Steven Winspur Transposing a Meadow's Silence (Ponge and Guillevic) Et le silence, s'il est bien le dernier mot dont ait à nous faire part la réalité, n'apparaît jamais de manière si éloquente que lorsque le réel est précisément en train de parler. Clément Rosset1 When understood as the absence of signs, silence is all too often considered a verbal phenomenon. As such it occurs, for example, in the pauses between utterances, or in the blank spaces between groups of lines in modern poetry, with the result that particular instances of silence take on a meaning from the verbal units that frame them. There is, however, another type of silence that does not depend on words for its appearance or significance: namely, the state of being that is exemplified by a natural landscape. Such a calm is in fact often made up of sounds (those of the wind on leaves and branches, or of passing animals), but what makes it even more different from the first type of silence is that its modulated forms and effects exclude human speech. They are impervious to any translation into words that one might attempt, primarily because they convey no message whatsoever. Francis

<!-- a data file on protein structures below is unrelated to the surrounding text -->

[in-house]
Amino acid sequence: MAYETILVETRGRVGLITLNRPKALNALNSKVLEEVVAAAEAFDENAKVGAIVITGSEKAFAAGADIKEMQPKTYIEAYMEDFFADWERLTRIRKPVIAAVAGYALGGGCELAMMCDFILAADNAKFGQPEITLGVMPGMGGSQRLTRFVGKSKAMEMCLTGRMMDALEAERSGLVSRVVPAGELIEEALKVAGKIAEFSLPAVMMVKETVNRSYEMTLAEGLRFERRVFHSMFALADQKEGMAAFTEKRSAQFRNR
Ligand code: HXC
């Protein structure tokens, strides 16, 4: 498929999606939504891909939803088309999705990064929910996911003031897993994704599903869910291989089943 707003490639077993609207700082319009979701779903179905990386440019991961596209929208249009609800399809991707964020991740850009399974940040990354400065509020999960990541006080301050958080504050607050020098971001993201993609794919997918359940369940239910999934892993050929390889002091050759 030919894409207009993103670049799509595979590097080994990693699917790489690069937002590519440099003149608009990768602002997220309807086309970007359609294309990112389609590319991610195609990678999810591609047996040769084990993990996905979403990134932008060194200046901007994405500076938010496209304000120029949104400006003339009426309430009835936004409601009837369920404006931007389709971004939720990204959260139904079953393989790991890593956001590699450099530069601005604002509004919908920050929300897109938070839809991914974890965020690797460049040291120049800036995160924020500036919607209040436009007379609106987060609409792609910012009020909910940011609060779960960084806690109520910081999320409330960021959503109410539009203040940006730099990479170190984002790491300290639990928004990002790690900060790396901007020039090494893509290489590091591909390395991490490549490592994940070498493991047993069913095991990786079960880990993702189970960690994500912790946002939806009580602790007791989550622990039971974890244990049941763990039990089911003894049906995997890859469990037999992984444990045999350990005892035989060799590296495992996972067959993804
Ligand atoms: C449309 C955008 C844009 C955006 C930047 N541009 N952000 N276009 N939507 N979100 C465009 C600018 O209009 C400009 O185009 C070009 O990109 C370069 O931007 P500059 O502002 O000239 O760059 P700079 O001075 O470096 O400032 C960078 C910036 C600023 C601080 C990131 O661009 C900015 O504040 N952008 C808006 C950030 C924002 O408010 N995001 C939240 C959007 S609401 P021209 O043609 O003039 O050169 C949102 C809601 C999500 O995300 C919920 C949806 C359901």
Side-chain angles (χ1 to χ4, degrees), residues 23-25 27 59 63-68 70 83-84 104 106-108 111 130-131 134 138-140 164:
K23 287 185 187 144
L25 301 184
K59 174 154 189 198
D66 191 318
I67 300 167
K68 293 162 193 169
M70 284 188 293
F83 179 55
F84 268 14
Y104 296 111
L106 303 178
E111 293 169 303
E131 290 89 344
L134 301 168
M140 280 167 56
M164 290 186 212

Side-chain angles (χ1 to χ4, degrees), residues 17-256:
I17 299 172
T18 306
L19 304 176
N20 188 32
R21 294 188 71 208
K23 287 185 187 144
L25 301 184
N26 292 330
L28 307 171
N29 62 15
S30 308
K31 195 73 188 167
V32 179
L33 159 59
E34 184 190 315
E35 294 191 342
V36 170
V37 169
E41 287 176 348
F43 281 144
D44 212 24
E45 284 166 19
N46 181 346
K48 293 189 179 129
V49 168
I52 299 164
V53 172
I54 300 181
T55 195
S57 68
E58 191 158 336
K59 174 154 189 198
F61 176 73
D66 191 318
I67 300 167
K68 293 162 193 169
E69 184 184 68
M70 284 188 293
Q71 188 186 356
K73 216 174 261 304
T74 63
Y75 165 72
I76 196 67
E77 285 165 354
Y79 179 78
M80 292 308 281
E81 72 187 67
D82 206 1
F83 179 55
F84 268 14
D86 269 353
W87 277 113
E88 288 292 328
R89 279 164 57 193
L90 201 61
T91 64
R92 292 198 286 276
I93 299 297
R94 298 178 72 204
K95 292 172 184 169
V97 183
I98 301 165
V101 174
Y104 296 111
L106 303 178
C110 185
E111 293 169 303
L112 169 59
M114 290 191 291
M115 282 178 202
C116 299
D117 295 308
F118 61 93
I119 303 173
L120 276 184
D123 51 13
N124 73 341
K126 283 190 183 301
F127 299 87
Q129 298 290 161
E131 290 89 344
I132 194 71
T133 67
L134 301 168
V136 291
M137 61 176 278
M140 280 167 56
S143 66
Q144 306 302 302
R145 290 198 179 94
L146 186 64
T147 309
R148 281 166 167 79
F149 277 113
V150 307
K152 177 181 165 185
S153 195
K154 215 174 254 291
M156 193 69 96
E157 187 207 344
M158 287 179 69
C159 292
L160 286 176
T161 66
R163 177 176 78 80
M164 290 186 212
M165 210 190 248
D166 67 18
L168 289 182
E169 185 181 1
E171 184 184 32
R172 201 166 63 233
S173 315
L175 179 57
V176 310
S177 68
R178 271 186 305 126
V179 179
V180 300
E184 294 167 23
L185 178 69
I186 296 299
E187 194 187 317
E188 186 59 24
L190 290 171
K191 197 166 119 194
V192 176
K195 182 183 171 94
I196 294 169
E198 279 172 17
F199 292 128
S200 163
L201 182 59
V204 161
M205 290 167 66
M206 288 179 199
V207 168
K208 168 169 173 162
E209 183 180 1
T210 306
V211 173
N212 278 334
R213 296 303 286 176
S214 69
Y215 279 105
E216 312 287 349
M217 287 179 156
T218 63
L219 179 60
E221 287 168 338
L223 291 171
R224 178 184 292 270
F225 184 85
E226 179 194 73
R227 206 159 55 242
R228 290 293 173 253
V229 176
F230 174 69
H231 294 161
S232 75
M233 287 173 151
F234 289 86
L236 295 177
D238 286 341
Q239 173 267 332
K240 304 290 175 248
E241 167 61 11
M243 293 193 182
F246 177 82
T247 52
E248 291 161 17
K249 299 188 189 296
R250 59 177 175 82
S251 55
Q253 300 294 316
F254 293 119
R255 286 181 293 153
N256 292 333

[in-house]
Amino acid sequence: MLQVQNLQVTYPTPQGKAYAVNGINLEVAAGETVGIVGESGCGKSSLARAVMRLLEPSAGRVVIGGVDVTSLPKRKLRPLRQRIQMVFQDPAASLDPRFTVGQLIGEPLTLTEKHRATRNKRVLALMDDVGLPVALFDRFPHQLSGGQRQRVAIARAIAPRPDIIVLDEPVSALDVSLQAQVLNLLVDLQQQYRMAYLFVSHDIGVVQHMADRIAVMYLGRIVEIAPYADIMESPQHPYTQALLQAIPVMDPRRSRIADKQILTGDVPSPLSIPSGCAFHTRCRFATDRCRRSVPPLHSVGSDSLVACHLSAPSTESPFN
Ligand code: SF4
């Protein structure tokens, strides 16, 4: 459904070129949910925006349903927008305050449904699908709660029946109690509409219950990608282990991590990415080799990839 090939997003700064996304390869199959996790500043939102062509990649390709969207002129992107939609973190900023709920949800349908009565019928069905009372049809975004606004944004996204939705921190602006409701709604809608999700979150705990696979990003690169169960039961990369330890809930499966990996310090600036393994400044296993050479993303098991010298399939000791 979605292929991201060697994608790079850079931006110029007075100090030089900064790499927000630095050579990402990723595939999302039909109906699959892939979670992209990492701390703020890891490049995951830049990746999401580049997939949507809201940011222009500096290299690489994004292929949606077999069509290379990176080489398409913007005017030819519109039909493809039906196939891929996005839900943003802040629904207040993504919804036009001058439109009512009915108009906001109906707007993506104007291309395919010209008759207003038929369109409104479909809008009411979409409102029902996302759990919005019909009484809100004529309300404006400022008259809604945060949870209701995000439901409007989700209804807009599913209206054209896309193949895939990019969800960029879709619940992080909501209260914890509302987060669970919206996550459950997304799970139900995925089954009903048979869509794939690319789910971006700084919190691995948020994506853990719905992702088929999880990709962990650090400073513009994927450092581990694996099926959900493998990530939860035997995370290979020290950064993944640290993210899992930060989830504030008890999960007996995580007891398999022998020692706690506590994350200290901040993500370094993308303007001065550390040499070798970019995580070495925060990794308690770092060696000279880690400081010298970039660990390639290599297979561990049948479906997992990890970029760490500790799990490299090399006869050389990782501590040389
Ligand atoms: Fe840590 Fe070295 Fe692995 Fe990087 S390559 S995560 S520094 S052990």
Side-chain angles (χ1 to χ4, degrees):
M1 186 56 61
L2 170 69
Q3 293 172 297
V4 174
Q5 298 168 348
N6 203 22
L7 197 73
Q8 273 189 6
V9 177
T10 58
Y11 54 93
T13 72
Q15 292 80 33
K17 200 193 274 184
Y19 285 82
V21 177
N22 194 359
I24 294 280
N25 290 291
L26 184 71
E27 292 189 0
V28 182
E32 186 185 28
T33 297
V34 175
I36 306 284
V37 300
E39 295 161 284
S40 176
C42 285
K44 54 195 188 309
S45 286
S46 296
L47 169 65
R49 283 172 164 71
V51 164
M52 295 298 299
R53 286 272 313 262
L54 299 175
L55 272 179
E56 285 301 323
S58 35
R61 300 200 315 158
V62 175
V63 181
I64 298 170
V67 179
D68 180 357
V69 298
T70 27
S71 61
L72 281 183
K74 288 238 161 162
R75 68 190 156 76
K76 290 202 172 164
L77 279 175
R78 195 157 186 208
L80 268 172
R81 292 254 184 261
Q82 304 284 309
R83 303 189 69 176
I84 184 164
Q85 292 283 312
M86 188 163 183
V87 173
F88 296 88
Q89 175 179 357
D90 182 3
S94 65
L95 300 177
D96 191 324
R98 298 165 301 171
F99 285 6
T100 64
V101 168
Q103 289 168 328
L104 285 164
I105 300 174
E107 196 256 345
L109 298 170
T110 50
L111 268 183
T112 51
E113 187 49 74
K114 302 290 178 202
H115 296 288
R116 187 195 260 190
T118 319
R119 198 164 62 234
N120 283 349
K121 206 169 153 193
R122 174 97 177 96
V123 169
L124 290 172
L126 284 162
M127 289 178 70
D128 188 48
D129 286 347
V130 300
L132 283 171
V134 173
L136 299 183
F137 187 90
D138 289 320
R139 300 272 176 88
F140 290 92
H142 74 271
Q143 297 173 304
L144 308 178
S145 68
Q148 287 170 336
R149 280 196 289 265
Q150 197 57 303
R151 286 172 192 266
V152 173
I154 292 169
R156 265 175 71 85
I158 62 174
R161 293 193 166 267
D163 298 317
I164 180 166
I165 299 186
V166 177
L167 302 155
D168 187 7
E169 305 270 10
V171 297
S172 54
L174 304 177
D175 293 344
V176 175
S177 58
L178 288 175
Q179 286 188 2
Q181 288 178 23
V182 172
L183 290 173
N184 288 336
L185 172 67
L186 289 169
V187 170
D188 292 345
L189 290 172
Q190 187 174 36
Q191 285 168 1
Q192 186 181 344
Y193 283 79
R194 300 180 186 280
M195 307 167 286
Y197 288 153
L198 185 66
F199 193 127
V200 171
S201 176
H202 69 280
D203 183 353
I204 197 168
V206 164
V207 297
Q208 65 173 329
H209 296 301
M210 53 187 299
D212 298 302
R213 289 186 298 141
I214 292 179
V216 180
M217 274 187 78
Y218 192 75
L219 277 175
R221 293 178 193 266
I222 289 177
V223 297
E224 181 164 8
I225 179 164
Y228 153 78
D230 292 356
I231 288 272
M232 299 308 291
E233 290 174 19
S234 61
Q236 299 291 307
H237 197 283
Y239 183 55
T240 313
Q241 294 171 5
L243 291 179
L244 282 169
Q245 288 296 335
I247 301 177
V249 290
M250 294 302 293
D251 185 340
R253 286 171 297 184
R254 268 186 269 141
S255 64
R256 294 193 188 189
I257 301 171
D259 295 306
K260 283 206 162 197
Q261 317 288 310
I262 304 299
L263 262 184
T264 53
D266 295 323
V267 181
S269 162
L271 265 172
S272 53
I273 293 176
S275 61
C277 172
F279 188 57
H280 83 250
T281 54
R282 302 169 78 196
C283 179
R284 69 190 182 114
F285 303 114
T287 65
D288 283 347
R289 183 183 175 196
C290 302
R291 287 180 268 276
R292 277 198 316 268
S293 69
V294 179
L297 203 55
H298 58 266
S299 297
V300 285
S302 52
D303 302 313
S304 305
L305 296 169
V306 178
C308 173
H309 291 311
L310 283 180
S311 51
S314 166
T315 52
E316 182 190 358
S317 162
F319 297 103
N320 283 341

French Forum – University of Nebraska Press
Published: Nov 15, 2004
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